Last month I was giving a lecture at a school in Oslo, Norway. My friend who had invited me to speak organized the event. It was the biggest and best auditorium in the whole school, and as I got there, I thought: Wow what an amazing venue. The sound system and video system were top notch, and I got hooked up to the wireless microphone. I was there well on time, prepared to do my very best for the audience that would soon fill up the auditorium… at least that was what I thought.
But you know sometimes things in life just don’t turn out quite the way we want them to. As the time slowly came closer to show time I realized that no one was showing up for my presentation. This was how it looked.
The only people who showed up were the organizer, his girlfriend, and yours truly. Even though the organizer had done good work with trying to market the whole event, the interest was… colder than Scandinavian winters.
At first, I got really upset, sad and personal about it. I sat by myself and felt a feeling of self-loathing. What had I done wrong and what could I have done differently about this? But then I realized that sure these thoughts are valid to feel, but am I going to let them define this whole experience? I took a moment to decide not to give them more power over me and realized that I actually had 2 people in my audience who wanted to hear my lecture.
Even though I thought more would show up, this was what I had to work with. So, I decided to go through with the lecture anyway and give my all to the little audience I had. And after the lecture, I was satisfied that I went through with it, and so was the crowd (the organizer and his girlfriend).
10 days later I had the pleasure to lecture once more in my hometown with the same subject in the public library. The venue was smaller and more intimate, the audio and video solutions weren’t as great as they’d been in Oslo. But it was still a very good setting.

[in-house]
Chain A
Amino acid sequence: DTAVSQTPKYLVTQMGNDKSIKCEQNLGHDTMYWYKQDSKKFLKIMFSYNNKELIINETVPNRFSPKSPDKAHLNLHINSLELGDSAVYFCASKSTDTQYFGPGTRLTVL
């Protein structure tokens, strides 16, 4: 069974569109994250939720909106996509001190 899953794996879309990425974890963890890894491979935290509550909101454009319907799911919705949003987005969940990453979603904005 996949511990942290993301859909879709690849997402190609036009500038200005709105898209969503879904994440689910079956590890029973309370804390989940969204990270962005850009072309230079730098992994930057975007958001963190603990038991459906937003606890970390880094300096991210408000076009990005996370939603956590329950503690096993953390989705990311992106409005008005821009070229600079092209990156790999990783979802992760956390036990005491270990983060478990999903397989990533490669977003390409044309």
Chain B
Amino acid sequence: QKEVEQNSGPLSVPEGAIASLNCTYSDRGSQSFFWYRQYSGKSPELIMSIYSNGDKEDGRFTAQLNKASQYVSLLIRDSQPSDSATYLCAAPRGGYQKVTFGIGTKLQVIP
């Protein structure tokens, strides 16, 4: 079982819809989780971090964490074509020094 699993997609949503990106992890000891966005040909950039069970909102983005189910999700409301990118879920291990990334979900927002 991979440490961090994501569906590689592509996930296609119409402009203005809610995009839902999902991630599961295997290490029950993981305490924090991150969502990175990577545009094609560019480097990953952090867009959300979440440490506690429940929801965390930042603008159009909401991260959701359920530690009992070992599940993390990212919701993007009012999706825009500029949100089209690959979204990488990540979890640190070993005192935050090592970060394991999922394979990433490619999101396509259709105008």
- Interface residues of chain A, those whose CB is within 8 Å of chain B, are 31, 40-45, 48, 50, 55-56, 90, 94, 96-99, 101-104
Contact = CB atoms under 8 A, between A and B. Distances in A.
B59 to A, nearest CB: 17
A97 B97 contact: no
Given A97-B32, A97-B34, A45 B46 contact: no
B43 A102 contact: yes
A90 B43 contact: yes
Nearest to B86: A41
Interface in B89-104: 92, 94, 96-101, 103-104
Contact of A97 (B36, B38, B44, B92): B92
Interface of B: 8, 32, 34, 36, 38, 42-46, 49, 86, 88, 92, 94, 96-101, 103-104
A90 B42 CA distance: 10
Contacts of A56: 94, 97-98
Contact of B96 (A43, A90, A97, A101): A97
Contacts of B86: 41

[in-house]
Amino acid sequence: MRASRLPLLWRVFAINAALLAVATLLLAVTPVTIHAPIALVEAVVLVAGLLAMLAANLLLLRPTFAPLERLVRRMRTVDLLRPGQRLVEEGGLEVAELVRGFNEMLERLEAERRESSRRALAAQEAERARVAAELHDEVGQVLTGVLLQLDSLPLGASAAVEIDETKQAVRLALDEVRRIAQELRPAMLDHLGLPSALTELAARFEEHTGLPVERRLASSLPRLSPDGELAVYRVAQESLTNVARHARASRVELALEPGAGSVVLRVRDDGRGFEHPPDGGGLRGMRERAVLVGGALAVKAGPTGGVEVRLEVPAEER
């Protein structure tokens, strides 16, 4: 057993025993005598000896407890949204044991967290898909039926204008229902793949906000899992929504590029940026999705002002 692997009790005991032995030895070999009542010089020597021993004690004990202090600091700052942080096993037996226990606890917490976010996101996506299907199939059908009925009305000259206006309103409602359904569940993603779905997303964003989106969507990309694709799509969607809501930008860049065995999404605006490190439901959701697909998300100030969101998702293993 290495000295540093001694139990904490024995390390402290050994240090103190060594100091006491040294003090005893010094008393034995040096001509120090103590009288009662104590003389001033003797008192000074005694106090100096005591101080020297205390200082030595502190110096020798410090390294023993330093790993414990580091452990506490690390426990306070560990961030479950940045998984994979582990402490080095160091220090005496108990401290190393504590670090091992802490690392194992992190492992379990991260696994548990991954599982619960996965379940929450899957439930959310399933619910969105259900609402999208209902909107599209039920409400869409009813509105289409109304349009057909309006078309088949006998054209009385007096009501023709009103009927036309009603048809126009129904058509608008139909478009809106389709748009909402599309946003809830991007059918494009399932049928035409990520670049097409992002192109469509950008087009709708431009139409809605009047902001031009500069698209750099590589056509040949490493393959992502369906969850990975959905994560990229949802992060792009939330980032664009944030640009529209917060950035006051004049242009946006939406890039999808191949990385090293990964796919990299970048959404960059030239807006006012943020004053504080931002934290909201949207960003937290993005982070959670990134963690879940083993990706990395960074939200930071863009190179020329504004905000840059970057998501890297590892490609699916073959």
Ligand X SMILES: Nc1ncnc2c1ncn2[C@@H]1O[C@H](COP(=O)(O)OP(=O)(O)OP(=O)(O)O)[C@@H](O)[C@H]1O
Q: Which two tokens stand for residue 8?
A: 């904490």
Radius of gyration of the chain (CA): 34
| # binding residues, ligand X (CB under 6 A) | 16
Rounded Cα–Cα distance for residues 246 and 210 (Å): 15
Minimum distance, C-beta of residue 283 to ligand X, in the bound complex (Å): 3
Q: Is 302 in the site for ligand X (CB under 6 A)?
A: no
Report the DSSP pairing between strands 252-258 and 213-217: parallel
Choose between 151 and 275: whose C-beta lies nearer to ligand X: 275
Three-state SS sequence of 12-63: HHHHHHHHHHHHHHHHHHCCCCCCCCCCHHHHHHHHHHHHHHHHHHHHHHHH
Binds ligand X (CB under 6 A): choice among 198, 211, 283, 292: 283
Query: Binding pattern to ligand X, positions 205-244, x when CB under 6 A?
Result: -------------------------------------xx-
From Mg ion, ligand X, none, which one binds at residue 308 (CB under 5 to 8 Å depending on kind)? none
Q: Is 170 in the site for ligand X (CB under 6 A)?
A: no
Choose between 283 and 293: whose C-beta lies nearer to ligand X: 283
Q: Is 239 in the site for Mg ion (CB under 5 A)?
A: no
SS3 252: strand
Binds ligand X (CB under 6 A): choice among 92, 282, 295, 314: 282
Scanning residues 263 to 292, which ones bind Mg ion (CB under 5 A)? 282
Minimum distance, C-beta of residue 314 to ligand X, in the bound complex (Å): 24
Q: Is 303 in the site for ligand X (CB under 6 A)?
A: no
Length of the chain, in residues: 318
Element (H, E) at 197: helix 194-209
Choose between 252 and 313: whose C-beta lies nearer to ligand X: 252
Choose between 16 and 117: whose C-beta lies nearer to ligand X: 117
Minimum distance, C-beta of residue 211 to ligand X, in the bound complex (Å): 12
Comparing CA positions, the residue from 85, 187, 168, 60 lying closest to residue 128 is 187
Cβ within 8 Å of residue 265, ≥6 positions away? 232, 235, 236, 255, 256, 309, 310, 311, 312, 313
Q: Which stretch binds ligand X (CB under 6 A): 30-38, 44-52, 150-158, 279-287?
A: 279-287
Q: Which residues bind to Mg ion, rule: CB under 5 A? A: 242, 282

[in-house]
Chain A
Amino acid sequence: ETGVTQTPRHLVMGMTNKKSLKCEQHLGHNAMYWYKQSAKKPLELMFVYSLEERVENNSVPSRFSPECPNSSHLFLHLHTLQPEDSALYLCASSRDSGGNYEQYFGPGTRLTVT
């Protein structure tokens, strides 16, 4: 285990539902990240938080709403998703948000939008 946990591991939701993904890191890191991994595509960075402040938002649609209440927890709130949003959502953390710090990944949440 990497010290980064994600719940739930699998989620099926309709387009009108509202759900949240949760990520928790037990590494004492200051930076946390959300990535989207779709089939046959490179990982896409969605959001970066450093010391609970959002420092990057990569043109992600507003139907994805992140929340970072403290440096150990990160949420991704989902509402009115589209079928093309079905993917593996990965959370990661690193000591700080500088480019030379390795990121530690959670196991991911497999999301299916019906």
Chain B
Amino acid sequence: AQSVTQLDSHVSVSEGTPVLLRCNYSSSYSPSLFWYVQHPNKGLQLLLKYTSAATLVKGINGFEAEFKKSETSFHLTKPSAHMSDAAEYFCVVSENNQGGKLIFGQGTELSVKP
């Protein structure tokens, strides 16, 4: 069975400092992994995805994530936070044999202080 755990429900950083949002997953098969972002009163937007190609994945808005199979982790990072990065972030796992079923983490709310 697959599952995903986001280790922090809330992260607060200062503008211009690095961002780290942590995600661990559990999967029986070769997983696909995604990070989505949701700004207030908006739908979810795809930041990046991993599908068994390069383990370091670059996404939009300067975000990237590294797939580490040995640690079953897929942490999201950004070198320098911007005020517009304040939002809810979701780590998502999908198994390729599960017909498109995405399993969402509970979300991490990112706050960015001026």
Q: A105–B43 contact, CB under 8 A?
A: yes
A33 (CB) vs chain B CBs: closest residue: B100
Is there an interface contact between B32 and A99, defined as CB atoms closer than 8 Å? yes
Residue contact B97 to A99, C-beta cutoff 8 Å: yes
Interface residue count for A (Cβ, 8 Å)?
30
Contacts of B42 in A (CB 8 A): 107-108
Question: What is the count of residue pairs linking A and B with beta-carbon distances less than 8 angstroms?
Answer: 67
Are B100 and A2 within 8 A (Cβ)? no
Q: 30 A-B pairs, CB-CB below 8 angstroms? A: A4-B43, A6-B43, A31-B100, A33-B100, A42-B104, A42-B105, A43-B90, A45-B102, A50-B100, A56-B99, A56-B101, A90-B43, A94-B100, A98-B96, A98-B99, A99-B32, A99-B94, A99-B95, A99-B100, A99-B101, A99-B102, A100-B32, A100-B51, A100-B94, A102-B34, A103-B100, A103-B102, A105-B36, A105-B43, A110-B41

With the last lecture still etched in my memory, my expectations for this lecture were incredibly low. I’d be happy if 10 people showed up to listen and show their interest. Because my expectations were so low, I wasn’t even nervous. I took the whole situation very light-heartedly.
The first people started to show up and take their places. As we got closer to starting time, to my surprise, we had to bring in even more chairs because we had run out of places for people to sit. When it was time to start, the room was filled with 60 eager people ready to be entertained. Talk about contrast.
I couldn’t believe my eyes as I stood there in front of the crowd. But I went through with the lecture, and I was pleased with my performance. As I was in my car on my way home, I was overwhelmed by feelings of gratitude for the people who did show up. Tears were almost bursting from my eyelids; it meant a great deal for me to have the opportunity to talk and relate to people in that kind of way.
But the greatest lesson that these two speaking events have taught me is this: My worth doesn’t depend on how many people view me or accept me. The content of my lecture was the same both times, yet different amounts of people showed up. Does that mean that the lecture in Oslo had less worth? NO. The lecture had identical content, and I was the same person presenting it both times.
Most times in life we judge and compare our achievements to how many people like, view or approve of what we are doing. The more approval and social acceptance, the better we tend to judge the things we’re doing. The dangerous thing about that is that we mix our self-worth up in all of this.
I too have so many times done this to myself. And that was what I first did in Oslo. Felt like a failure because no one showed up, but did that mean that I was a failure? Hell no it didn’t.
It’s up to me to choose for myself what I’m worth, and no one can put a price or value on myself but myself. People can say and judge all they want but they can never take away your sense of worth if you don’t let them.
No matter what happens or what people say to you or about you, your internal worth is always the same. And it’s the value that YOU choose to put on yourself.
Let’s take our internal value system up a notch during 2018 because we’re worth it!
Love & Light
Robin is a yoga teacher and life coach. He has a great interest in astrology and how the stars affect us. He is always striving to raise awareness, knowledge, and authenticity in the world. He also loves cacao and hugs.